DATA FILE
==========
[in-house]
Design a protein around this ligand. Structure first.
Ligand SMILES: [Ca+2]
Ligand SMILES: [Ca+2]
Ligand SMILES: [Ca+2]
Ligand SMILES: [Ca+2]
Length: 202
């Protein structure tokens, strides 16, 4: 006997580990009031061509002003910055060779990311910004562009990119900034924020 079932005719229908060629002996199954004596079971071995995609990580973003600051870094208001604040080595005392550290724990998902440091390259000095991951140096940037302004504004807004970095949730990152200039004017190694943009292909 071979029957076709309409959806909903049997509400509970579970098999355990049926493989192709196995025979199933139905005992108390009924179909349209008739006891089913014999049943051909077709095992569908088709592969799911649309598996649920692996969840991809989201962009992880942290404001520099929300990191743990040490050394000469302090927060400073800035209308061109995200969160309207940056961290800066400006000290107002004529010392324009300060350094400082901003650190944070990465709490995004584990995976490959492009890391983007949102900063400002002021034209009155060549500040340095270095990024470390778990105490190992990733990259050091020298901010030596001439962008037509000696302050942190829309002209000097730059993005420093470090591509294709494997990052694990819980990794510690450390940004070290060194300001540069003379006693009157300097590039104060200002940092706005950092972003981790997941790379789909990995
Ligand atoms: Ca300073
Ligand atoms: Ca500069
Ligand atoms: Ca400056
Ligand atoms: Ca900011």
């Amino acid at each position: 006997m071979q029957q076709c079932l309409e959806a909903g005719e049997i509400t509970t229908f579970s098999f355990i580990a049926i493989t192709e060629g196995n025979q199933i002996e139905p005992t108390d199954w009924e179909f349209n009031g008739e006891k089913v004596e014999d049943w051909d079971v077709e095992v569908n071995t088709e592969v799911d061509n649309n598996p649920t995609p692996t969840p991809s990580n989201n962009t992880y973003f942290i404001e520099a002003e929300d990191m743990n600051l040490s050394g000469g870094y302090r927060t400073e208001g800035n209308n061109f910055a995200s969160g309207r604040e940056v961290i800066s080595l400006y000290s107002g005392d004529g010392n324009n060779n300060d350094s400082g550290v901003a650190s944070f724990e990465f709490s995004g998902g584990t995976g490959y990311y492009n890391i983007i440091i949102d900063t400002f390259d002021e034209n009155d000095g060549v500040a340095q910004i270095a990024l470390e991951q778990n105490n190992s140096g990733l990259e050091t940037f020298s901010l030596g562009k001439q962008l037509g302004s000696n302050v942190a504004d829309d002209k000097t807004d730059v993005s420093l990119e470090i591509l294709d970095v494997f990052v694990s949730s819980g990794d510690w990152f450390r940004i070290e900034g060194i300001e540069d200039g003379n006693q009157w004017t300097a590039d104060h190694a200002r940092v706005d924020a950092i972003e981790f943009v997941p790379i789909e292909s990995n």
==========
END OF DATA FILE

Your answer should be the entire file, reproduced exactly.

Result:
[in-house]
Design a protein around this ligand. Structure first.
Ligand SMILES: [Ca+2]
Ligand SMILES: [Ca+2]
Ligand SMILES: [Ca+2]
Ligand SMILES: [Ca+2]
Length: 202
């Protein structure tokens, strides 16, 4: 006997580990009031061509002003910055060779990311910004562009990119900034924020 079932005719229908060629002996199954004596079971071995995609990580973003600051870094208001604040080595005392550290724990998902440091390259000095991951140096940037302004504004807004970095949730990152200039004017190694943009292909 071979029957076709309409959806909903049997509400509970579970098999355990049926493989192709196995025979199933139905005992108390009924179909349209008739006891089913014999049943051909077709095992569908088709592969799911649309598996649920692996969840991809989201962009992880942290404001520099929300990191743990040490050394000469302090927060400073800035209308061109995200969160309207940056961290800066400006000290107002004529010392324009300060350094400082901003650190944070990465709490995004584990995976490959492009890391983007949102900063400002002021034209009155060549500040340095270095990024470390778990105490190992990733990259050091020298901010030596001439962008037509000696302050942190829309002209000097730059993005420093470090591509294709494997990052694990819980990794510690450390940004070290060194300001540069003379006693009157300097590039104060200002940092706005950092972003981790997941790379789909990995
Ligand atoms: Ca300073
Ligand atoms: Ca500069
Ligand atoms: Ca400056
Ligand atoms: Ca900011």
């Amino acid at each position: 006997m071979q029957q076709c079932l309409e959806a909903g005719e049997i509400t509970t229908f579970s098999f355990i580990a049926i493989t192709e060629g196995n025979q199933i002996e139905p005992t108390d199954w009924e179909f349209n009031g008739e006891k089913v004596e014999d049943w051909d079971v077709e095992v569908n071995t088709e592969v799911d061509n649309n598996p649920t995609p692996t969840p991809s990580n989201n962009t992880y973003f942290i404001e520099a002003e929300d990191m743990n600051l040490s050394g000469g870094y302090r927060t400073e208001g800035n209308n061109f910055a995200s969160g309207r604040e940056v961290i800066s080595l400006y000290s107002g005392d004529g010392n324009n060779n300060d350094s400082g550290v901003a650190s944070f724990e990465f709490s995004g998902g584990t995976g490959y990311y492009n890391i983007i440091i949102d900063t400002f390259d002021e034209n009155d000095g060549v500040a340095q910004i270095a990024l470390e991951q778990n105490n190992s140096g990733l990259e050091t940037f020298s901010l030596g562009k001439q962008l037509g302004s000696n302050v942190a504004d829309d002209k000097t807004d730059v993005s420093l990119e470090i591509l294709d970095v494997f990052v694990s949730s819980g990794d510690w990152f450390r940004i070290e900034g060194i300001e540069d200039g003379n006693q009157w004017t300097a590039d104060h190694a200002r940092v706005d924020a950092i972003e981790f943009v997941p790379i789909e292909s990995n």